Now, they said technology would hurt us and that is why it should be implemented slowly into the economy and we had a huge tech boom. Well, you can only get so productive with technology and the stock markets are a gauge of mass production. The more and more you increase technology, it's productivity decreased; it's called diminishing marginal returns.

All the growth since the 60's has been due to technology, so what now? Is this why the government is doing everything it is doing, for a New World Order? Republic? Pretty crazy. If technology were to become non-productive, its sole existence would be pointless in terms of economic thought. Now, If technology/industrial revolution were to bust completely, what then would that feed? I don't think that would feed anything. Our entire lives have led up to technology. Movies like “The Matrix” and “Terminator” have been hinting at this demise.

If this bubble were to bust, let's speculate for a moment: technology would then become very cheap (this has been happening. Go buy a laptop and you'll see). It will keep dropping in price until it knocks tech giants out of the game, who cannot produce when marginal revenue is below fixed costs. This would help level off the tech prices and leave the big guys in. What would this feed? Another self-fulfilling technology cycle where people buy cheap technology to make more technology that renders itself useless.

I think the Mayans used Elliott Wave Theory and predicted this trend based on human productive capacity and the capacity for natural self-sabotage. Not a doom and gloomer – just a logical person trying to find the truth.

anon227883

most people now are freaking out, knowing something will happen on dec 21, 2012, from the Mayan calendar predictions. But if you're a Christian and believe in the Bible, the Holy Bible rules out any sort of freakish events that are going to happen. Read Matthew 25:13.

yournamehere

I agree with closerfan12, I think it's more interesting to focus on the history surrounding the Mayan long count calendar rather than the predictions of the end of the world.

I mean, just consider all the knowledge that had to go into making the Mayan calendar -- the astrology aside, it's a fascinating work of art and science.

I think it's amazing that people so long ago, whom we usually assumed to be cro-magnon style cave men, could produce such an amazing work of art, science, and simple practical use.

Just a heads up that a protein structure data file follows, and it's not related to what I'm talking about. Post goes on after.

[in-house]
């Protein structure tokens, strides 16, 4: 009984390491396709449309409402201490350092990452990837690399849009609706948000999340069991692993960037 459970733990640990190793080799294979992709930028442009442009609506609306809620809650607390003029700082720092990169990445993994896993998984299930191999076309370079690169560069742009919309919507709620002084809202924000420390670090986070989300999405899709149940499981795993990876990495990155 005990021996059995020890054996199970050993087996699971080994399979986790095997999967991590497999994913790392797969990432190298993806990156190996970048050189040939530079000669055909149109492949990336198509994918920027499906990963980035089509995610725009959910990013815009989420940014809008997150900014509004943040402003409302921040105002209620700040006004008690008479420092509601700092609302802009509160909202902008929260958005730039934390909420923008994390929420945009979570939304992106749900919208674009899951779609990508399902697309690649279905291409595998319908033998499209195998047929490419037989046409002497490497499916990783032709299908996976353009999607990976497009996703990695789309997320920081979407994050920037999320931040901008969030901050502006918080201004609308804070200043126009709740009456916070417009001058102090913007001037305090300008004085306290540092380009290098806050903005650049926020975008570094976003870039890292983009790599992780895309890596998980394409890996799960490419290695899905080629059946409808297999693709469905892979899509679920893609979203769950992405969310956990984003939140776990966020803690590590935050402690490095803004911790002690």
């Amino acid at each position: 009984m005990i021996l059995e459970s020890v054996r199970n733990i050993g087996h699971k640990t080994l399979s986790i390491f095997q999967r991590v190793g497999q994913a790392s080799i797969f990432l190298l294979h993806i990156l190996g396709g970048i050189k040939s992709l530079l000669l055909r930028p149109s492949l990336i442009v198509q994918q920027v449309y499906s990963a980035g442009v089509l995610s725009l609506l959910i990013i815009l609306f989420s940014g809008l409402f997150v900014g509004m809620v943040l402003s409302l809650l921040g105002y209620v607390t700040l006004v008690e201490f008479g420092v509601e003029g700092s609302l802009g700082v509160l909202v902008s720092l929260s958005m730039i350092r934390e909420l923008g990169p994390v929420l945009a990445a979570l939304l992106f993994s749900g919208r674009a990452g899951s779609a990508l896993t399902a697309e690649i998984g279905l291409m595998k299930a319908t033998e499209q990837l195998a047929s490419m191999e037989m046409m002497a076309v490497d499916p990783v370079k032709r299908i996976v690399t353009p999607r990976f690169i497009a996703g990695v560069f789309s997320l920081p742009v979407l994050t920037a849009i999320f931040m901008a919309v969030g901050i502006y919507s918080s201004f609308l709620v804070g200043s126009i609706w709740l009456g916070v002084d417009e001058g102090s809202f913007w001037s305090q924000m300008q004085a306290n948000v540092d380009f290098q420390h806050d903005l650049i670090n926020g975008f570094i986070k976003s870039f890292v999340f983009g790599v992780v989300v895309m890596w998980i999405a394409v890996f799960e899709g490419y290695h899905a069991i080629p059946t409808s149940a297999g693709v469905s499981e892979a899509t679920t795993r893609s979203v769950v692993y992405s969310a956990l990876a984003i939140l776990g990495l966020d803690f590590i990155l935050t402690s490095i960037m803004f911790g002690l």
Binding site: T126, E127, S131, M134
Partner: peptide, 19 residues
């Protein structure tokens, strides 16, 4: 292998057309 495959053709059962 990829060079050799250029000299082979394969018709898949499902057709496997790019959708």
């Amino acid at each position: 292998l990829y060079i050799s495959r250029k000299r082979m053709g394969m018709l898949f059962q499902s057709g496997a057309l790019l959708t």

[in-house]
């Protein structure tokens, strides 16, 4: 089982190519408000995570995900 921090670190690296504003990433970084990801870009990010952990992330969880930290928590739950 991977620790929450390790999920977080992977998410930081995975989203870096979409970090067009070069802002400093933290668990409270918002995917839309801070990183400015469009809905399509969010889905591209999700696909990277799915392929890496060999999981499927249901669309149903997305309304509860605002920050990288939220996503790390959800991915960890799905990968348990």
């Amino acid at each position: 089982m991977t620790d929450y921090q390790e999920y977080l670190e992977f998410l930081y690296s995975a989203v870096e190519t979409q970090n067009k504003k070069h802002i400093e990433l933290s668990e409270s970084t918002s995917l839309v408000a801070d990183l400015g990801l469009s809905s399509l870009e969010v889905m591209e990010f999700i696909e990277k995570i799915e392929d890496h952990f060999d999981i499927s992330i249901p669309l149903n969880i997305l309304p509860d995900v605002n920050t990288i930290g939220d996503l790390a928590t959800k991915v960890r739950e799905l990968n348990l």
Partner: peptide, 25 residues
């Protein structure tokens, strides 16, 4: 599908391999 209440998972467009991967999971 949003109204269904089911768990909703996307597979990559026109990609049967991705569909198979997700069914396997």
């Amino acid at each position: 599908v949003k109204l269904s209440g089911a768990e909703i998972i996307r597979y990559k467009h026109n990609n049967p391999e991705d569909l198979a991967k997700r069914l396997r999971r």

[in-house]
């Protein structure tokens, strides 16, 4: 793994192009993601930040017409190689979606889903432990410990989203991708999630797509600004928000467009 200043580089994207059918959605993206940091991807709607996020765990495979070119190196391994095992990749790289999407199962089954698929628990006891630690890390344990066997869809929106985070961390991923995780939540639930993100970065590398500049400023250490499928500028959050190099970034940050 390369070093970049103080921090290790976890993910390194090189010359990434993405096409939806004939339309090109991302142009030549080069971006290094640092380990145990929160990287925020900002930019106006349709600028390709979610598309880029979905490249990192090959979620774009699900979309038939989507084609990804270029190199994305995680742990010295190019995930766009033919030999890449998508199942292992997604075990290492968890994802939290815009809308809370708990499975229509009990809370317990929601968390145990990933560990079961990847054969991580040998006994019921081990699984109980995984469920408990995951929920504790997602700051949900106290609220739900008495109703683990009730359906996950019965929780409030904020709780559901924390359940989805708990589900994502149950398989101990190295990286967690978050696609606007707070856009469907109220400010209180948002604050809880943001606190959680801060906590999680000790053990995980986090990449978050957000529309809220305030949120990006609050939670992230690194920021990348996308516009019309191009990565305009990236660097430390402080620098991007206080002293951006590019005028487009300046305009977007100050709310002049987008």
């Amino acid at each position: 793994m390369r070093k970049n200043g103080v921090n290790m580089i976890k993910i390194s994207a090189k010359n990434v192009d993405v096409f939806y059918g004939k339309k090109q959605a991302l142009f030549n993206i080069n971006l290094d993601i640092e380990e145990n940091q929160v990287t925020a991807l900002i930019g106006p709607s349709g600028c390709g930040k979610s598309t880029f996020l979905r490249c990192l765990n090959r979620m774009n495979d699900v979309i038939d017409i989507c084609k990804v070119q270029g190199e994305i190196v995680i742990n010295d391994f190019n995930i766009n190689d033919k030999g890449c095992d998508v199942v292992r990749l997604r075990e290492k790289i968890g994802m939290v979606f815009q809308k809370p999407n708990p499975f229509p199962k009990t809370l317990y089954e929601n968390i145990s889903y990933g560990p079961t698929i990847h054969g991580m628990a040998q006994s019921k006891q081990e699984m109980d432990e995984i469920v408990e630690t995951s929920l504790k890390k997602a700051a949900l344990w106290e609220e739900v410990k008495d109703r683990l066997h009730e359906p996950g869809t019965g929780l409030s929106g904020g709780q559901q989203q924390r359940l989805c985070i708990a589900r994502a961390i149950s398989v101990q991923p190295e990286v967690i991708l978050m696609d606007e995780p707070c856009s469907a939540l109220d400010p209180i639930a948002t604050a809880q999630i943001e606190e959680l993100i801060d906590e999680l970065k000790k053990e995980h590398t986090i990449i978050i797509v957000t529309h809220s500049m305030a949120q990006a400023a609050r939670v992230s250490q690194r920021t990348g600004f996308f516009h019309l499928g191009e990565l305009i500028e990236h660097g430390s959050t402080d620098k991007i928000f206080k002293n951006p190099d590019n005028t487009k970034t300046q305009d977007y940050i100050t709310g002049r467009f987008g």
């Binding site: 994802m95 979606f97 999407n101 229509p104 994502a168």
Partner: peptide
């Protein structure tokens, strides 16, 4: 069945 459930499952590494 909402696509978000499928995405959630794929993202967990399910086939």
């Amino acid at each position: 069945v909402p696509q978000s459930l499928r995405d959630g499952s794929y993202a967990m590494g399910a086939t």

Though the future is of course important, I think it's more productive to look to the past -- and that's something that the Mayan calendar can spell out for us without any spooky predictions.

Charlie89

I keep hearing people talk about the whole Mayan calendar doomsday prophecy, but what exactly is that? I thought that the calendar just ended, how did that get translated into the end of the world?

Can anybody tell me in a calm, rational manner about the significant of the Mayan calendar ending, and how that is relevant to the end of the world?

closerfan12

I'm really glad that you focussed more on the historical aspects of the Mayan calendar than the whole Mayan calendar end of the world prophecy thing.

I guess I just think it's a shame that such an interesting historical artifact is being twisted around to freak people out, when the fact is, there's really no factual basis to believe that the Mayan calendar (the long count one) spells out the doom of humanity.

People have been finding things that supposedly mark the end of time for literally centuries, and thus far, unless I missed the memo, the world has not ended.

Good for you for avoiding getting caught up in the whole Mayan calendar 2012 prophecy hype and providing a good, clear, interesting article about this amazing civilization and artifact.

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    • The Mayan calendar was developed by the Mayan civilization of Mesoamerica.
      By: bbourdages
      The Mayan calendar was developed by the Mayan civilization of Mesoamerica.